CONCLUSION: In the long-term, DS was very efficient in terms
of cure rate for morbid obesity and its comorbidities. In
terms of risk/benefit, DS was very sucessful with an appropriate
system of follow-up.
The Biliopancreatic Diversion with the Duodenal Switch: Results Beyond 10 Years.
Hess et al. Mar 2005
The BPD/DS, if properly performed, has the best long-term weight loss of any bariatric operation. It is easy to reverse or revise, has the least marginal ulcers, cures the highest percentage of co-morbidities, has the least failures, and permits normal although smaller meals. It is our opinion that the BPD/DS should be considered as the gold standard bariatric operation.
The Duodenal Switch Operation for the Treatment of Morbid Obesity: A 10 Year Experience
Anthone et al. Apr 2003
OBJECTIVE: To determine the safety and efficacy of the duodenal switch procedure as surgical treatment.
BACKGROUND: The longitudinal gastrectomy and duodenal switch procedure as performed for morbid obesity involves a 75% subtotal greater curvature gastrectomy and long limb suprapapillary Roux-en-Y duodenoenterostomy. This results in a restricted caloric intake and diversion of bile and pancreatic secretions to induce fat malabsorption. Broad acceptance of this procedure has been impeded because of concerns that the malabsorptive component may produce serious nutritional complications.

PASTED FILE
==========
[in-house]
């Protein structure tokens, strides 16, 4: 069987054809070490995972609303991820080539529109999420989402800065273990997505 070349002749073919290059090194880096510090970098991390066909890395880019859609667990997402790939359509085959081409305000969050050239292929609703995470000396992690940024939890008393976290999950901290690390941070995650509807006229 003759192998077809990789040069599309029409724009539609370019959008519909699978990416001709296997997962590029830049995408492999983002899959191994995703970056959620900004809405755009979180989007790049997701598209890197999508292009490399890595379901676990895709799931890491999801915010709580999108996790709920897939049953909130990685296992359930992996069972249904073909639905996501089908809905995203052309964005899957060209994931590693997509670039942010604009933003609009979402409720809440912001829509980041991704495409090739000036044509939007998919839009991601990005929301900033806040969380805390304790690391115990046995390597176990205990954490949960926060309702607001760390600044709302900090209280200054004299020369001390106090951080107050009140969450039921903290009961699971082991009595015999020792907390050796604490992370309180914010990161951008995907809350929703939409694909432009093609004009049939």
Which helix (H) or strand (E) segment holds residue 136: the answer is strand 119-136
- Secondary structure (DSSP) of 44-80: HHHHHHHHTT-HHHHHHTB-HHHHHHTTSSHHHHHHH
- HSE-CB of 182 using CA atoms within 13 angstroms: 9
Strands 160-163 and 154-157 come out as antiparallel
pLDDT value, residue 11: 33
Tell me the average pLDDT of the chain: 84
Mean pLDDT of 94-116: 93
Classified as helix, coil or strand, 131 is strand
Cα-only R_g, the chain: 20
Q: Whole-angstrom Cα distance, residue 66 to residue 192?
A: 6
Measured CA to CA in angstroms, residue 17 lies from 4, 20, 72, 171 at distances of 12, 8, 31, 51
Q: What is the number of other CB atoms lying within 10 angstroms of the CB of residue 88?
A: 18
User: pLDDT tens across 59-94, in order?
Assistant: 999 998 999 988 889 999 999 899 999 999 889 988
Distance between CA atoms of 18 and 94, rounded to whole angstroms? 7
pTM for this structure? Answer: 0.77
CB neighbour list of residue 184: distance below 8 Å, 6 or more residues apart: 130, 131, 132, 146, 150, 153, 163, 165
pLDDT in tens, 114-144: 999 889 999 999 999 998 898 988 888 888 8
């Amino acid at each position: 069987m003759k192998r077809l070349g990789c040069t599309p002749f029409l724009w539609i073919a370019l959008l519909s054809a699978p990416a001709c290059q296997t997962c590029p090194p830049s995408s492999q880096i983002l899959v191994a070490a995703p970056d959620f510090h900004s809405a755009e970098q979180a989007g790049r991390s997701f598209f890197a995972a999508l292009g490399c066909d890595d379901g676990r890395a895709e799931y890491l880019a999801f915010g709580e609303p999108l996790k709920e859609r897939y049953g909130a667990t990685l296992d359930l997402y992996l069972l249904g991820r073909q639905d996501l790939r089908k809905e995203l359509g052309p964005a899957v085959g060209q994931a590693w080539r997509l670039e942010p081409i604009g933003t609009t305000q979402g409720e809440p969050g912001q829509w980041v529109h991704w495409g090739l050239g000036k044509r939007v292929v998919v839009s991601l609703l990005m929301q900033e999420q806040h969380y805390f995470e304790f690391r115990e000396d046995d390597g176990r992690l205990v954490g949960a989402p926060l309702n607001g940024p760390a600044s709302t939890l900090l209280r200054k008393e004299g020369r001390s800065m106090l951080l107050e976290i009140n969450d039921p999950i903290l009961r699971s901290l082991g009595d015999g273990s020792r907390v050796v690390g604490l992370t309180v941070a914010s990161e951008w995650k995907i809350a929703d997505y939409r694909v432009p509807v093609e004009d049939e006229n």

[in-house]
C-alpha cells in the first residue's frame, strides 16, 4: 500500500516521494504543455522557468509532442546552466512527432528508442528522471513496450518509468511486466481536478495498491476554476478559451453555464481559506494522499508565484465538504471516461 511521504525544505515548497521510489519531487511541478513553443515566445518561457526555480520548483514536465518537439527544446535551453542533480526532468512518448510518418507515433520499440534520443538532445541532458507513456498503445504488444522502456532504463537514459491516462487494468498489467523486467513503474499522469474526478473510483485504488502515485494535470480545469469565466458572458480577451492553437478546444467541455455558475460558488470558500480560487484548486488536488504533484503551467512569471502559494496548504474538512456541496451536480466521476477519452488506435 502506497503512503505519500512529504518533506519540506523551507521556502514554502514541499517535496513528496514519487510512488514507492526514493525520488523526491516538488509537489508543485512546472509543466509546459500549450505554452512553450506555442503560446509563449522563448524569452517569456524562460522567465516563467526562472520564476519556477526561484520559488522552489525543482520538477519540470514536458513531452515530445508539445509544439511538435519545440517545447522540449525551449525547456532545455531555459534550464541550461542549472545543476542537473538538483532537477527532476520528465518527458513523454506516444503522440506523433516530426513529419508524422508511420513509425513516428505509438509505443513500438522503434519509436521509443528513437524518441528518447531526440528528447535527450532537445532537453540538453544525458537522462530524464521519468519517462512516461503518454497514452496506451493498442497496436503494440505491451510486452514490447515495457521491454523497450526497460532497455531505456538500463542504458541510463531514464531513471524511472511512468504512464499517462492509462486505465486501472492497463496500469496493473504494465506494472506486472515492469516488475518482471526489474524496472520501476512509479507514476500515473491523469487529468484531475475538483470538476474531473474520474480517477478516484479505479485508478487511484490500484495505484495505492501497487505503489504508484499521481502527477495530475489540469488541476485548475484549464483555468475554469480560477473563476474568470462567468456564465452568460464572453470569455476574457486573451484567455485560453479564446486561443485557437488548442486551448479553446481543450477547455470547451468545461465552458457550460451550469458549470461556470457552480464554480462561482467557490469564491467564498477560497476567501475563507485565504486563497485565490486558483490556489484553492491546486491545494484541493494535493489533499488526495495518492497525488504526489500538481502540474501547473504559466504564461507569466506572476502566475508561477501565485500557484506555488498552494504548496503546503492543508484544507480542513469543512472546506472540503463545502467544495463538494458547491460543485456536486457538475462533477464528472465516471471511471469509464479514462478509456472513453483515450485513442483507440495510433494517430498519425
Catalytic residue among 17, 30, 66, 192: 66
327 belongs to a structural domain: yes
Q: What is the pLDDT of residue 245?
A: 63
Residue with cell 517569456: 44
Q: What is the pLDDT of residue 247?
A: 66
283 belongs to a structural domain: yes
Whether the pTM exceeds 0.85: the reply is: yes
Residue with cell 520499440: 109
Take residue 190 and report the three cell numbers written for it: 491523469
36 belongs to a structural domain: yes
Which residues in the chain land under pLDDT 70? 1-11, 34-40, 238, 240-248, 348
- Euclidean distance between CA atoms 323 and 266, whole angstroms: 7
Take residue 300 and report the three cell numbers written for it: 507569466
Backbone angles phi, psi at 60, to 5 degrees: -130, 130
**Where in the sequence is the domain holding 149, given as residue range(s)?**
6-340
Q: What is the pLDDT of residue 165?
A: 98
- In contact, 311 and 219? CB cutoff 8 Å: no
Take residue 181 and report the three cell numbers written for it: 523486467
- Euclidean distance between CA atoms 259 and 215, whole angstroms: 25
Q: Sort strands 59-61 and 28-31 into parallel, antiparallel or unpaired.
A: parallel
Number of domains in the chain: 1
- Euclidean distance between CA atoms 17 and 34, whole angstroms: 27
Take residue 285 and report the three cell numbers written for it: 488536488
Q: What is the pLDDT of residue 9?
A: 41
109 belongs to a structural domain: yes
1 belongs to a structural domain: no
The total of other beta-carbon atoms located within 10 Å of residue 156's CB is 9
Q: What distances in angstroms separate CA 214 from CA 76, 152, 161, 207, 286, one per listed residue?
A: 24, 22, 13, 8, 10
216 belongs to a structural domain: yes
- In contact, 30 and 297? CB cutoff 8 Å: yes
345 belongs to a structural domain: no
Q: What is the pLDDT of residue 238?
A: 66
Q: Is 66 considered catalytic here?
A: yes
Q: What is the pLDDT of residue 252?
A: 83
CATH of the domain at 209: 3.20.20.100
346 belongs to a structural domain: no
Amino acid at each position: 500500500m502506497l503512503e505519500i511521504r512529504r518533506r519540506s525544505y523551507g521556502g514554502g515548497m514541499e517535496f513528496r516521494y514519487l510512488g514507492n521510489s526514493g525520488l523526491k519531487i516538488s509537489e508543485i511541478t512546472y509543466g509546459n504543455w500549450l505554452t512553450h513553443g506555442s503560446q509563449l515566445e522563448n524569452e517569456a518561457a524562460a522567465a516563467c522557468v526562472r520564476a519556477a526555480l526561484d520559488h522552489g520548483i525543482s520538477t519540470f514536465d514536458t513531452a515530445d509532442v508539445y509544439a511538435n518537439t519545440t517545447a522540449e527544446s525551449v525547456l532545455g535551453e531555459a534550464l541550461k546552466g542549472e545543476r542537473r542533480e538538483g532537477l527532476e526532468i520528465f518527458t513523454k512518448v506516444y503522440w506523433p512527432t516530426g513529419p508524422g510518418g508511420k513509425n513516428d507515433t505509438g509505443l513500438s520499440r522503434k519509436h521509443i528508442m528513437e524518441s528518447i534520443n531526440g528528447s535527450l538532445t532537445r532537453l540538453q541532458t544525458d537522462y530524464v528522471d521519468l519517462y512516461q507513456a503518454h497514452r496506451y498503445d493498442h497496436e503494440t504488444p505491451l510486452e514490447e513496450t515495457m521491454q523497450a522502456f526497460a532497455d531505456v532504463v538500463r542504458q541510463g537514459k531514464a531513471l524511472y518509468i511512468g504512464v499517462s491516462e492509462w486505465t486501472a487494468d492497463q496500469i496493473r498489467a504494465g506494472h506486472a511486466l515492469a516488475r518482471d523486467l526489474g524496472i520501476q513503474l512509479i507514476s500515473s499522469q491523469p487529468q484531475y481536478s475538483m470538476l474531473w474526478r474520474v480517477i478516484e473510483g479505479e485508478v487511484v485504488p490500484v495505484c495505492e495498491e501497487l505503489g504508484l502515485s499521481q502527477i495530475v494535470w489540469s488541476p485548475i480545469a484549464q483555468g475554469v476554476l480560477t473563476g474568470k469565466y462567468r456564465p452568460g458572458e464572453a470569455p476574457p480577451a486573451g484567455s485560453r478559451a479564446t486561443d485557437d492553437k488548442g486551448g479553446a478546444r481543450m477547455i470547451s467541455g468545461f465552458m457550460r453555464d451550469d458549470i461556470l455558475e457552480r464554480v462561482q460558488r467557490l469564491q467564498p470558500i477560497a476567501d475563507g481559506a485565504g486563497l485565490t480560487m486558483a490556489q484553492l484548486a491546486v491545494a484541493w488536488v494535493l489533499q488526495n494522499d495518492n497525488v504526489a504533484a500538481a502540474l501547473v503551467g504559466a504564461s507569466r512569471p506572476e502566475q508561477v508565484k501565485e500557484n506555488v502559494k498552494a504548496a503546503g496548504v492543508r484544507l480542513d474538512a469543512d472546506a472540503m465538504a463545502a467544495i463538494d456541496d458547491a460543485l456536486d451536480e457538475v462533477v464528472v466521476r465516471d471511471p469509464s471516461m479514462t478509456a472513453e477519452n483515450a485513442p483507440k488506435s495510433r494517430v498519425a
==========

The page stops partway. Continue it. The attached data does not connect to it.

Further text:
METHODS: Review of data collected prospectively from all patients who underwent duodenal switch as the primary surgical treatment for morbid obesity at a single institution during the ten year period beginning September 1992. Operative morbidity and mortality, weight loss, volume of food intake, and bowel function were recorded. Sequential measurements of serum albumin, hemoglobin, and calcium levels were obtained to assess metabolic function and nutrient absorption.
RESULTS: Duodenal switch was performed as the primary operation in 701 (81%) of a total 863 patients undergoing bariatric surgery during the period of study. The average BMI was 52.8 (range 34-95). Perioperative mortality was 1.4% and morbidity (including leaks, wound dehiscence, splenectomy, and postoperative hemorrhage) occurred in 21 patients (2.9%). Weight loss averaged 127 pounds at one year, 131 at three years and 118at five or more years (% EBWL of 69%, 73%, and 66%, respectively). The mean number of bowel movements was less than three per day. Patients reported and maintained a mean restriction of 63% of their preoperative intake (approximately 1600 calories), with no specific food intolerance, at 3 or more years follow-up. At three years, serum albumin remained at normal levels in 98% of patients, hemoglobin in 52%, and calcium in 71%. No patients reported dumping and marginal ulcers were not seen.
CONCLUSION: The longitudinal gastrectomy with duodenal switch is a safe and effective primary procedure for the treatment of morbid obesity. It has the advantage of allowing acceptable alimentation with a minimum of side effects while producing and maintaining significant weight loss. These results are achieved without developing significant dietary restrictions or clinical metabolic or nutritional complications.